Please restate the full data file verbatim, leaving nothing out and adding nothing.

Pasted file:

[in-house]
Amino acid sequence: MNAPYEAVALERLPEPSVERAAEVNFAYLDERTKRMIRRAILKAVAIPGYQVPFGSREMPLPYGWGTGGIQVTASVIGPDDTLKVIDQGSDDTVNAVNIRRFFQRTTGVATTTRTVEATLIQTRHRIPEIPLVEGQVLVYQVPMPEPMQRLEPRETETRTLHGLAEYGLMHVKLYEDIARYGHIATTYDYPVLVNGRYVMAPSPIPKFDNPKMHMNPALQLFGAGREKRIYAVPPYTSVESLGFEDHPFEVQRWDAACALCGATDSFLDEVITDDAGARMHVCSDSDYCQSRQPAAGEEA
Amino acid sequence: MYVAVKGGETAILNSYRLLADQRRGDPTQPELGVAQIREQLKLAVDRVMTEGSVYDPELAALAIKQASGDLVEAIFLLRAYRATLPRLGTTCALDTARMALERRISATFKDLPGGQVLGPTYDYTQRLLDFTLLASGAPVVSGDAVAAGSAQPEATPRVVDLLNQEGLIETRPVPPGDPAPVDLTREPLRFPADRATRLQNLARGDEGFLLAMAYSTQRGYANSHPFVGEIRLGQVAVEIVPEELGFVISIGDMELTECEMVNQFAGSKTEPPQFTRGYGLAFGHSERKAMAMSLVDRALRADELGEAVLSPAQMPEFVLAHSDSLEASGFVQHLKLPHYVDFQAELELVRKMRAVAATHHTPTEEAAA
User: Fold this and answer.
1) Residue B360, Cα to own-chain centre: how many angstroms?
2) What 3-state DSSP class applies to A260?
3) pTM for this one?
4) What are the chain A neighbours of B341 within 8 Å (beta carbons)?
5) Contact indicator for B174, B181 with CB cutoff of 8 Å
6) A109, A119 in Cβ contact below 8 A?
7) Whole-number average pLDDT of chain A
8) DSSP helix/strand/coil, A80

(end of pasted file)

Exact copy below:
[in-house]
Amino acid sequence: MNAPYEAVALERLPEPSVERAAEVNFAYLDERTKRMIRRAILKAVAIPGYQVPFGSREMPLPYGWGTGGIQVTASVIGPDDTLKVIDQGSDDTVNAVNIRRFFQRTTGVATTTRTVEATLIQTRHRIPEIPLVEGQVLVYQVPMPEPMQRLEPRETETRTLHGLAEYGLMHVKLYEDIARYGHIATTYDYPVLVNGRYVMAPSPIPKFDNPKMHMNPALQLFGAGREKRIYAVPPYTSVESLGFEDHPFEVQRWDAACALCGATDSFLDEVITDDAGARMHVCSDSDYCQSRQPAAGEEA
Amino acid sequence: MYVAVKGGETAILNSYRLLADQRRGDPTQPELGVAQIREQLKLAVDRVMTEGSVYDPELAALAIKQASGDLVEAIFLLRAYRATLPRLGTTCALDTARMALERRISATFKDLPGGQVLGPTYDYTQRLLDFTLLASGAPVVSGDAVAAGSAQPEATPRVVDLLNQEGLIETRPVPPGDPAPVDLTREPLRFPADRATRLQNLARGDEGFLLAMAYSTQRGYANSHPFVGEIRLGQVAVEIVPEELGFVISIGDMELTECEMVNQFAGSKTEPPQFTRGYGLAFGHSERKAMAMSLVDRALRADELGEAVLSPAQMPEFVLAHSDSLEASGFVQHLKLPHYVDFQAELELVRKMRAVAATHHTPTEEAAA
User: Fold this and answer.
1) Residue B360, Cα to own-chain centre: how many angstroms?
2) What 3-state DSSP class applies to A260?
3) pTM for this one?
4) What are the chain A neighbours of B341 within 8 Å (beta carbons)?
5) Contact indicator for B174, B181 with CB cutoff of 8 Å
6) A109, A119 in Cβ contact below 8 A?
7) Whole-number average pLDDT of chain A
8) DSSP helix/strand/coil, A80